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High levels of caveolar cholesterol inhibit progesterone-induced genomic actions in human and guinea pig gallbladder muscle

By Ping Cong, Victor Pricolo, Piero Biancani and Jose Behar


Gallbladder disease is prevalent during pregnancy. It has been suggested that this complication of pregnancy is attributable to increased bile cholesterol (Ch) induced by estrogens and to gallbladder hypomotility caused by increasing levels of progesterone (P4). Studies on nonpregnant gallbladders have shown that increased levels of bile Ch contribute to both gallstone formation and bile stasis. These studies investigated the effects of high levels of plasma membrane Ch on P4 on gallbladder muscle cells from human and guinea pigs. Contraction was studied in intact and permeabilized muscle cells. G proteins were determined by Western blot, and 3H-P4 incorporation by muscle cells was measured in the β-scintillation counter. High levels of caveolar Ch blocked the effects induced by P4 treatment for 6 h. They suppressed the expected P4 inhibition of GTP-γS (a G protein activator)-induced contraction and changes in G proteins by downregulating Gi3 and upregulating Gs protein levels. Ch inhibited these P4 actions at the caveolar 3 (CAV-3) level, since the P4 effects were antagonized by treatment with CAV-3 antibody, by reducing CAV-3 expression through CAV-3 siRNA. CAV-3 antibody and siRNA reduced caveolar Ch levels. High caveolar levels of Ch and CAV-3 antibody blocked the incorporation of 3H-P4 into caveolae. Treatment with GDP-βS (a G protein antagonist) had no effect on P4 actions. High caveolar Ch levels blocked the P4 effects on muscle contraction and G protein changes probably because both Ch and P4 require CAV-3 proteins for their transport across the plasma membrane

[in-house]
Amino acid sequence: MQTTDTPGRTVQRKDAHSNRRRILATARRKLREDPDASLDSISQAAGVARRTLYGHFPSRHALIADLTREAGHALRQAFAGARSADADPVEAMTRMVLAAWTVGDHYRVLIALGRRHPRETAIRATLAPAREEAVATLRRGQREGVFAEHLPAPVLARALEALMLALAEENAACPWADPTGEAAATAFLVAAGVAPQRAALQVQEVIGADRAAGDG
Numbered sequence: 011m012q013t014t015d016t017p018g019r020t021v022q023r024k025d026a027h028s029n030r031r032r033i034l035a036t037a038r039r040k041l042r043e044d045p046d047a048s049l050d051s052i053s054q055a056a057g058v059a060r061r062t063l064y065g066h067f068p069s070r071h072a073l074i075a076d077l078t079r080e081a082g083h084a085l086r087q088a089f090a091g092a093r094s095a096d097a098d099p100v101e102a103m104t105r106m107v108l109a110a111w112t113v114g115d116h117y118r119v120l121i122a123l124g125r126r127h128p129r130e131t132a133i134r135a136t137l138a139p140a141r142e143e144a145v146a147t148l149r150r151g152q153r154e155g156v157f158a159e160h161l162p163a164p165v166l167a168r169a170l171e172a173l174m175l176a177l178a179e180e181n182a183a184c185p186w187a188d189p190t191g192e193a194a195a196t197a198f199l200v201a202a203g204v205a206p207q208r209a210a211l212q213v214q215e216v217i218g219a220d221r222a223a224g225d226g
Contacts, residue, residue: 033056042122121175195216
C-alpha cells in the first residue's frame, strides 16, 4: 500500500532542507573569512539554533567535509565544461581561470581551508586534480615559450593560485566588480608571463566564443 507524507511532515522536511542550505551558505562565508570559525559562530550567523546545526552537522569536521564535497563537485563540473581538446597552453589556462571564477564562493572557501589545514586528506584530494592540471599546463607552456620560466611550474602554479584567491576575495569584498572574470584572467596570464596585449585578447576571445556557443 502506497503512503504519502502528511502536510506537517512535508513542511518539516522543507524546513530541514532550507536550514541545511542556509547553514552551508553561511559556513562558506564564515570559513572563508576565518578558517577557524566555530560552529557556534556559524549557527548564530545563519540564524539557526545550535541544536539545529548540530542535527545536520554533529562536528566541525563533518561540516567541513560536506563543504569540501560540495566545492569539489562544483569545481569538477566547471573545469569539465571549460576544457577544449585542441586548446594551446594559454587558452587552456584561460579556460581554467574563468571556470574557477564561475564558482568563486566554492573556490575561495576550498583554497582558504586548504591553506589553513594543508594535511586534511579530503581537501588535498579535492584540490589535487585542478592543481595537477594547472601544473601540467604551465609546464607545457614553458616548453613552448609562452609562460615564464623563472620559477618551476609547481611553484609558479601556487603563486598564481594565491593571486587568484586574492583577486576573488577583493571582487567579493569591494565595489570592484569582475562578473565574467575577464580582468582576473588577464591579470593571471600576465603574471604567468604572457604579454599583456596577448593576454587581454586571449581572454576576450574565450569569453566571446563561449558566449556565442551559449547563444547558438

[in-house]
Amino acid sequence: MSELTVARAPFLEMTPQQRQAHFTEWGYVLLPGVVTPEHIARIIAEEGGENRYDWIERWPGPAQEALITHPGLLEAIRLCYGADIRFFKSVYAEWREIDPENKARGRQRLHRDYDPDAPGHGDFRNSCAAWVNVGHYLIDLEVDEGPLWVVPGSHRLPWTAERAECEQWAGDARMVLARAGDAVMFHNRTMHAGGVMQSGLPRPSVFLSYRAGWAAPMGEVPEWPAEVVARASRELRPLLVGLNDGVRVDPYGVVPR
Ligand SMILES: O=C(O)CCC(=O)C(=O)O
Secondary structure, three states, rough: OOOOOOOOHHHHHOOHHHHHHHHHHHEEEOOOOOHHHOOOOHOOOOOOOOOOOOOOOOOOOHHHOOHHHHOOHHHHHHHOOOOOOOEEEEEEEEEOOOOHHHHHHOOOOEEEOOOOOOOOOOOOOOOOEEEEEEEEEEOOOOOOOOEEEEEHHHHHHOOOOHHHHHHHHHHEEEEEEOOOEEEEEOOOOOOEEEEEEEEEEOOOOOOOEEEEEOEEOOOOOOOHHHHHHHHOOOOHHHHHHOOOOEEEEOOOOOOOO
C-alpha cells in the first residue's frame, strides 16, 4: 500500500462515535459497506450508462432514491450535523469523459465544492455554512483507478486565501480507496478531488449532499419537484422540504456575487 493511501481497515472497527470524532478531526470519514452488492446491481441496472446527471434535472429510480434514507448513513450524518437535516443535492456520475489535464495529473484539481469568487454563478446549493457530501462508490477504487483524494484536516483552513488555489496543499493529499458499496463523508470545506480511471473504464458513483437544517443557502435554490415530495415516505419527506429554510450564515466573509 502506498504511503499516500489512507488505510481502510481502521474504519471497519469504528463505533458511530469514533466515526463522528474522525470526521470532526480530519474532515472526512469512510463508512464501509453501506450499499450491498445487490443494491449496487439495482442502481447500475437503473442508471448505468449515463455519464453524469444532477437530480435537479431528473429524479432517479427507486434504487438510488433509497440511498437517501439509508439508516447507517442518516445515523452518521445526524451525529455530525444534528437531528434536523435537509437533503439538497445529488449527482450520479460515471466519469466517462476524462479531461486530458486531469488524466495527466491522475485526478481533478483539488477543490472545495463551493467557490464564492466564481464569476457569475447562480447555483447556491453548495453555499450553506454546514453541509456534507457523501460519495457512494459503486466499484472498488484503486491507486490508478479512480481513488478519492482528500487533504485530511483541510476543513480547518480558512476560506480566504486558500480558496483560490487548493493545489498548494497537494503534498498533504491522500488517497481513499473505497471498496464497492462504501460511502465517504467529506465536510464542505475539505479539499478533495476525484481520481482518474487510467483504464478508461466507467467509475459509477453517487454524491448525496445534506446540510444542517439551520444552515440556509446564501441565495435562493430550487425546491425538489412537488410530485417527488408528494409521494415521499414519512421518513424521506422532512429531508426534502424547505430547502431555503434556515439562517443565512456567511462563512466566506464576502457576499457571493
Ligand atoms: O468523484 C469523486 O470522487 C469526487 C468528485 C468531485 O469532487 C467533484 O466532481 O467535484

Topics: Liver and Biliary Tract
Publisher: American Physiological Society
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Provided by: PubMed Central
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